So Jin Lee '13, SGA President

Convocation Address
September 6, 2011

Good afternoon, fellow classmates, distinguished professors, wonderful staff, and of course, the family and friends of Mount Holyoke. It warms my heart to be back and see all the familiar faces and the new faces on campus. It seems only natural to recognize the different groups of students represented here today. So without further ado, let’s give a big round of applause for the class of 2015! Welcome – you are in for one spectacular ride. Parents, it’s probably the smartest investment you are making, even if your wallet is getting a little thin, sending your child to Mount Holyoke. And now, let’s give a big round of applause for the class of 2014! And my very own class, class of 2013! And now, we cannot forget this group sitting in front of me, representing their blue class color--class of 2012! Welcome back, seniors! With the three years of laughing and crying at this institution, you still have a year left (though I don’t know whether you are crying or laughing about that). And of course, Mount Holyoke would not be the same without the next group of students on campus. Let’s give a big round of applause for our Frances Perkins students! And though the next group of students may have been recognized by their class year, I would like to invite everyone to give a big welcome to all the transfer students! 

Today, I would like to talk about change, as I, my family, Mount Holyoke, the world went through many changes during summer and always will. I am sure there were many changes in your lives during summer – some that were celebrated and some that weren’t pleasant, to say the least. At Mount Holyoke, we saw many changes in administration this summer, we can see that the main gate is now one way, and now we should all change the name Public Safety in our phonebook to Campus Police. Nationally, we saw the change made in New York this summer – same-sex marriage became legal, recognized by the state on July 24, under the Marriage Equality Act. Internationally, North Korea changed its mind and decided to regroup and give the Six Party talk another try “without preconditions.” Within my household, my mother’s decision to get a haircut was probably the single most awful change she decided to make during summer. I found myself changed, as I didn’t complain about her haircut every time I saw her. But no matter how disappointing, regretful, and in my mother’s case, upsetting, the change, change can be seen in a positive light. My mother, for example, will never get the same haircut. But she was happy that she finally tried the new hip haircut – she took the new road that she always had wanted to take, and left a little mark to remind herself not to take that road again, at least not any time soon. 

With the annual monsoon season in Korea this summer, I was determined that change was usually bad and that good changes were rare. As I came to terms with myself, and the gloomy weather, I recognized all the changes happening in our lives on a daily basis, and decided that change is a very natural phenomenon. Without change in our lives, what new goal, event, and knowledge can we look forward to? Without the many changes we wish to see in our lives, what gets us all out of bed in the morning? So I would like to invite all of you to embrace the changes to come and even maybe try giving a little change in your life, even if it is just a one-time thing. Now, I am not telling you all to rush and go change your whole fall semester schedule, though you can, but rather things that you always wished were different in your lifestyle or would like to experience in your life such as night owls becoming early birds and vice versa, listening to a different type of music, sleeping on the other side of your bed, showering at night instead of the morning, and even calling your parents once in a while. You might love the new and make it a permanent change or you might hate it and never do it again. No matter the outcome, the fact that you planned and accepted the fact that there will be a change in your daily routine, and followed through with your plan, is something.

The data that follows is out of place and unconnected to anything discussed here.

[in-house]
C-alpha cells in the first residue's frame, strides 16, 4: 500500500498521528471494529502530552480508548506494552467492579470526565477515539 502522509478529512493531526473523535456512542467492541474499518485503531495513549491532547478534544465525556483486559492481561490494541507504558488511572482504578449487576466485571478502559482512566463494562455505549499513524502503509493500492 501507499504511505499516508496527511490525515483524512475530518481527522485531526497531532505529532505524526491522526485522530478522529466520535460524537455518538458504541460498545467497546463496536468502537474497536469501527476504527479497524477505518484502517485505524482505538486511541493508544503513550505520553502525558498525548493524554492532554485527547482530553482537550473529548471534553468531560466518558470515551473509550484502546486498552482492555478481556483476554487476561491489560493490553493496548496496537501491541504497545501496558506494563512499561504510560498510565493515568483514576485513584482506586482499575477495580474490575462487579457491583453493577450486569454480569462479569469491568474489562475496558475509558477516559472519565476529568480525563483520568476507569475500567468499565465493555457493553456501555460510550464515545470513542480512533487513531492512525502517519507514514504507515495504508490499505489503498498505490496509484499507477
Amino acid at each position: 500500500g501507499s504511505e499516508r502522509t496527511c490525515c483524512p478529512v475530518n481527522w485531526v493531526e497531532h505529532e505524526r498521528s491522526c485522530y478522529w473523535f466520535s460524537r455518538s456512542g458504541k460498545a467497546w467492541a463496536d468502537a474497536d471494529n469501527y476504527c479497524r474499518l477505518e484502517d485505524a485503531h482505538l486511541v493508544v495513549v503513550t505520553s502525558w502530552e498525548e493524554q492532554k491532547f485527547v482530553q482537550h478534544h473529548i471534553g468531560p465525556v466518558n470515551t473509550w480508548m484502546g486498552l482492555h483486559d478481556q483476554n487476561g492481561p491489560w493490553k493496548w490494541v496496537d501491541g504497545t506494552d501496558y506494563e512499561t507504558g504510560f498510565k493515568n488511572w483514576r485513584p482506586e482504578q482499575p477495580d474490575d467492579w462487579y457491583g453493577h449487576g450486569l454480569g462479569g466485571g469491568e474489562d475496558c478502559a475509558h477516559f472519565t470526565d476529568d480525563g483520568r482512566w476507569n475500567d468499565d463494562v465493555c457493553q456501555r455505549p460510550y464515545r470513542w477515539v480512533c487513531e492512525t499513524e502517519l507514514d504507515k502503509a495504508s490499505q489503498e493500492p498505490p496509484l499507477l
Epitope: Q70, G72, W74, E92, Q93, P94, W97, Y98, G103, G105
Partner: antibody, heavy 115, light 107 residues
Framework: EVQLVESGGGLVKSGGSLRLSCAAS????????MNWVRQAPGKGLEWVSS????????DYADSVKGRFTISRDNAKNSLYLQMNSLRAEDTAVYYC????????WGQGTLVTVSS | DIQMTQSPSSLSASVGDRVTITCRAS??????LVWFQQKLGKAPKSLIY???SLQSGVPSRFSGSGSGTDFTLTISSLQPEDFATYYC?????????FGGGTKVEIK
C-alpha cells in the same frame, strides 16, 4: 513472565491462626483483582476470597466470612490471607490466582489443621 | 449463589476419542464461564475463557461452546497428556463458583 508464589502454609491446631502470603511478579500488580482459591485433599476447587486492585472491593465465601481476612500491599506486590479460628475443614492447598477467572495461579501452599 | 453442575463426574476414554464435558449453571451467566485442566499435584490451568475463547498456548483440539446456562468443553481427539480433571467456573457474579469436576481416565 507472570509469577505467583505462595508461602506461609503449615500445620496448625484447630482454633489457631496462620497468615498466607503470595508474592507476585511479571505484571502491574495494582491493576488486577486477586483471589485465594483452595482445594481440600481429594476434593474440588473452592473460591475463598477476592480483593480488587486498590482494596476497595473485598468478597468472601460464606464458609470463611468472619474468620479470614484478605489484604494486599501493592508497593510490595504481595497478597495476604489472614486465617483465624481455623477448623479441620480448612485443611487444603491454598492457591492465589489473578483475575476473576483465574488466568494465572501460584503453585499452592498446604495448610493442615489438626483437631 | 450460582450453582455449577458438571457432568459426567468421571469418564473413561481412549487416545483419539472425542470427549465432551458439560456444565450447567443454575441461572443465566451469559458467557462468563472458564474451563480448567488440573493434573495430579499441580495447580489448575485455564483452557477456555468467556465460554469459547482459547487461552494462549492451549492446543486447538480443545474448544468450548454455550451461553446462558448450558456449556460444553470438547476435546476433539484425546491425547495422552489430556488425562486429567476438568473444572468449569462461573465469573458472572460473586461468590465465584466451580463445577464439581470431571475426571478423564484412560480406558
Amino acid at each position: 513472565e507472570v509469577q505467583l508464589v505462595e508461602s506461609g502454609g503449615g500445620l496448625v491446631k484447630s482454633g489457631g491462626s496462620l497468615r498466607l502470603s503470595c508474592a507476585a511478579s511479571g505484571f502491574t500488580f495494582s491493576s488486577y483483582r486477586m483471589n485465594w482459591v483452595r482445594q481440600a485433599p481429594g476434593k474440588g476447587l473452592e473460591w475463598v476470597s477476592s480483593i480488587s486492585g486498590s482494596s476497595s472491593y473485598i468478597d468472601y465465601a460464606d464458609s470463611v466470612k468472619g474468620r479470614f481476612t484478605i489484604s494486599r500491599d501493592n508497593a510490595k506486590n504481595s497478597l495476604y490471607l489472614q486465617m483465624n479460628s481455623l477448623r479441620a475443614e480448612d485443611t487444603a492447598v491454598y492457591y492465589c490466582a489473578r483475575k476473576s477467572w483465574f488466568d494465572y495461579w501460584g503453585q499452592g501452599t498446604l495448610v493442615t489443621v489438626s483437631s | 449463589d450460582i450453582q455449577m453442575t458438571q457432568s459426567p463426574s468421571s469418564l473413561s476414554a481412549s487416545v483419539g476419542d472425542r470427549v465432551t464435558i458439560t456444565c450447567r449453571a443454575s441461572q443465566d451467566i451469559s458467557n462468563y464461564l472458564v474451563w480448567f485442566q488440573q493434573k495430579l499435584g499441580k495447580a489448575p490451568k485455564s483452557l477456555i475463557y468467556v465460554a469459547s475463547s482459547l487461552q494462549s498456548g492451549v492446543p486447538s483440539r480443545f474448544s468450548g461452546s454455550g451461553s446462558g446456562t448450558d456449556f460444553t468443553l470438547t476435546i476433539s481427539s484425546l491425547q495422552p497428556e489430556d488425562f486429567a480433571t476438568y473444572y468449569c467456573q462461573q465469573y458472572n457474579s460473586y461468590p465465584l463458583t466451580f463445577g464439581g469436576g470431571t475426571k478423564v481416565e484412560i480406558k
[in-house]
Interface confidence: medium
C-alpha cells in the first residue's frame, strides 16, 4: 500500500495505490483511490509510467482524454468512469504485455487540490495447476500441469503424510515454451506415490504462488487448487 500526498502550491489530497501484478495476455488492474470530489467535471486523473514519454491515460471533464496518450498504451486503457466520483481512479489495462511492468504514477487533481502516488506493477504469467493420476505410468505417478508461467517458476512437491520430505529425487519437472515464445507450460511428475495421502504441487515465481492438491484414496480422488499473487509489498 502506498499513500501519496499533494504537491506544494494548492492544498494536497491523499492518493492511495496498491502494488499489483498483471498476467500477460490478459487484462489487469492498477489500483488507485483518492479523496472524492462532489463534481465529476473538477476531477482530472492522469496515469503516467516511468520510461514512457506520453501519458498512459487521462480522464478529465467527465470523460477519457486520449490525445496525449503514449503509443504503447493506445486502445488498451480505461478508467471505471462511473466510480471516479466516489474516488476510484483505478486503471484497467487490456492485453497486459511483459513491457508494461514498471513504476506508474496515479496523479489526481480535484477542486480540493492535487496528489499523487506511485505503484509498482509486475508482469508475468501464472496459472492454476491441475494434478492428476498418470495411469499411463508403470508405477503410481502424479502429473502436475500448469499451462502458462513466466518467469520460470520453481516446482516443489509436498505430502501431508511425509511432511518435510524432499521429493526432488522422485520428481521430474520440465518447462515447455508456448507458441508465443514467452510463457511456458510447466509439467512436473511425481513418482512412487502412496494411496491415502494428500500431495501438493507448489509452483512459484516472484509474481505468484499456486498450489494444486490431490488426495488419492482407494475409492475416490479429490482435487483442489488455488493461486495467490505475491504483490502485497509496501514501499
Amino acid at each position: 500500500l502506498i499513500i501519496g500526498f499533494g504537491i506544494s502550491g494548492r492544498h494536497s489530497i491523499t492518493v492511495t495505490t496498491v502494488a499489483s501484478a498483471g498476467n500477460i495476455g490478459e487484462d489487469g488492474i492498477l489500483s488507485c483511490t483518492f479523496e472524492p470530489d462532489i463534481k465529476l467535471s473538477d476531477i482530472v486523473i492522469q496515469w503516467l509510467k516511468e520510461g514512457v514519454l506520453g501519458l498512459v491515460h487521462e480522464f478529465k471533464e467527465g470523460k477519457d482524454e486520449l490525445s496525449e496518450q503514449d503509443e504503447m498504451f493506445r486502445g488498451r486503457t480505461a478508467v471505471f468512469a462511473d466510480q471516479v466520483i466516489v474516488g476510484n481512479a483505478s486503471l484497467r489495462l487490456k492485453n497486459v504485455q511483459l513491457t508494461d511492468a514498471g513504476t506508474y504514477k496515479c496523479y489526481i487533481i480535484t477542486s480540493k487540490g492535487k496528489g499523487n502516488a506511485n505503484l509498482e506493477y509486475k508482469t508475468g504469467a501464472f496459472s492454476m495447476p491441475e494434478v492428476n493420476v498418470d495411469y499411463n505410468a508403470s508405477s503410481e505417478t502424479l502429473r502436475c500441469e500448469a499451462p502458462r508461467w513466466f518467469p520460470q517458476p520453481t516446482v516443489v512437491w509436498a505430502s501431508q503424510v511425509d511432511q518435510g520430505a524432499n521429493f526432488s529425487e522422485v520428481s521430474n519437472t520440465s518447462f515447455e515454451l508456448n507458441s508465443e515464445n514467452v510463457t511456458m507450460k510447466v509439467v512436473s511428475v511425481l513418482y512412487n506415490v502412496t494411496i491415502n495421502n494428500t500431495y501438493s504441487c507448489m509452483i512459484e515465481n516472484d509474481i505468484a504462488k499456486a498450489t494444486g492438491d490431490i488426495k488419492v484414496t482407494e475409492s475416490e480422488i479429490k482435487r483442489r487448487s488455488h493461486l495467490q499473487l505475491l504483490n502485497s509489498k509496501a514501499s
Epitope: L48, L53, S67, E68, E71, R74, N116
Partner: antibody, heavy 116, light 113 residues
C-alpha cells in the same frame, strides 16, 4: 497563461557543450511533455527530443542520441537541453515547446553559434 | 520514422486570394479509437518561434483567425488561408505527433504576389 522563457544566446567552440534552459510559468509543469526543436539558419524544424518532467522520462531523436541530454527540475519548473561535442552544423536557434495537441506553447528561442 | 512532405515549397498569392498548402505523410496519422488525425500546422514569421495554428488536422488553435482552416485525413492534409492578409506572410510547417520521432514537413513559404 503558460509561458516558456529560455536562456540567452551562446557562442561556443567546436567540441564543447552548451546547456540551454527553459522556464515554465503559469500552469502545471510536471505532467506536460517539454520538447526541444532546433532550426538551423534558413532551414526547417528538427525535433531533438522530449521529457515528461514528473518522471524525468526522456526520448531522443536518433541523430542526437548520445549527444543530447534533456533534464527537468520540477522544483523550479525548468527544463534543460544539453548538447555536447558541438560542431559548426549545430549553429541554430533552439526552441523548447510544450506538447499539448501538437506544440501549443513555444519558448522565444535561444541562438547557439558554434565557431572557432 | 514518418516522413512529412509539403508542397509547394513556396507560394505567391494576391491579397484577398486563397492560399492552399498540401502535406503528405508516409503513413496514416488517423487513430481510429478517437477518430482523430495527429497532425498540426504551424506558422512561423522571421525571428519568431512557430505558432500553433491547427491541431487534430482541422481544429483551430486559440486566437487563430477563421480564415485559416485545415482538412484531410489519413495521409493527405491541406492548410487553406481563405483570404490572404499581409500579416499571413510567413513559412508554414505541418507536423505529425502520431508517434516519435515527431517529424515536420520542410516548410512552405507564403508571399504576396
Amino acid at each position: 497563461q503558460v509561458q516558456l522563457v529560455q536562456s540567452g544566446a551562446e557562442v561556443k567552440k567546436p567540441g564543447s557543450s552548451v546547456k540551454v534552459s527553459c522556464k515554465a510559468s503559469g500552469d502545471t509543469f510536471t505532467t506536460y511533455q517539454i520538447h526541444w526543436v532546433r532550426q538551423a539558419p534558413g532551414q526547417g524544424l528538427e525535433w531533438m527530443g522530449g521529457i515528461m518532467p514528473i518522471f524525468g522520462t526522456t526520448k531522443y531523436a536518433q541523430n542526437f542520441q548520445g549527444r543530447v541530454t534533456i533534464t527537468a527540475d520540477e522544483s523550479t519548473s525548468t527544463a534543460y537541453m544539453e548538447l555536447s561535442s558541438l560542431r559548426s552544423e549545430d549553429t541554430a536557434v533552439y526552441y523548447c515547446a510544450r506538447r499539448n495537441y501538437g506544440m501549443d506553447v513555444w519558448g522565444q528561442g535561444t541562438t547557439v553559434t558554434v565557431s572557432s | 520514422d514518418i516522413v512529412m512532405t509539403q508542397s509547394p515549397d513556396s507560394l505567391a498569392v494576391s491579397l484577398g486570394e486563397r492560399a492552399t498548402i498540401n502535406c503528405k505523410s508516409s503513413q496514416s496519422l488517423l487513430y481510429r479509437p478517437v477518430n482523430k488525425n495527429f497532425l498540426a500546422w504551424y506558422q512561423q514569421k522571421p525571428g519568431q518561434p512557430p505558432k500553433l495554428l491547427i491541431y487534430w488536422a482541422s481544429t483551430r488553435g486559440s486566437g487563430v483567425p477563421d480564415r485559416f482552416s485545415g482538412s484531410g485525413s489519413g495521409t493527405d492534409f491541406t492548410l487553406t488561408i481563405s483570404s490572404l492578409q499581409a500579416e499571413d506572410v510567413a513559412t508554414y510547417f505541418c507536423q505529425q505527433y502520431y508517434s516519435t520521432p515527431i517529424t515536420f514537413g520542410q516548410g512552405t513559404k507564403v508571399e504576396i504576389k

I would like to conclude by further reminding you that we would have not been united as Mount Holyoke students had Mary Lyon not wanted to see a change in society, wanting women to receive higher education as well as men. As you probably realized through the summer reading, women’s education is so important in all aspects. However, not many women of our age in the world are given an opportunity to be in a higher-learning institution, yet alone an institution where women are at the core and women’s empowerment is a vital part of the process. We are privileged to be at an extraordinary place at such a memorable point in our life. Let us embrace the diversity and change we see in the world, and as Mahatma Gandhi once said, “be the change that you want to see in the world.”  

Thank you.

 (Note: This printed text may vary from the speech delivered.)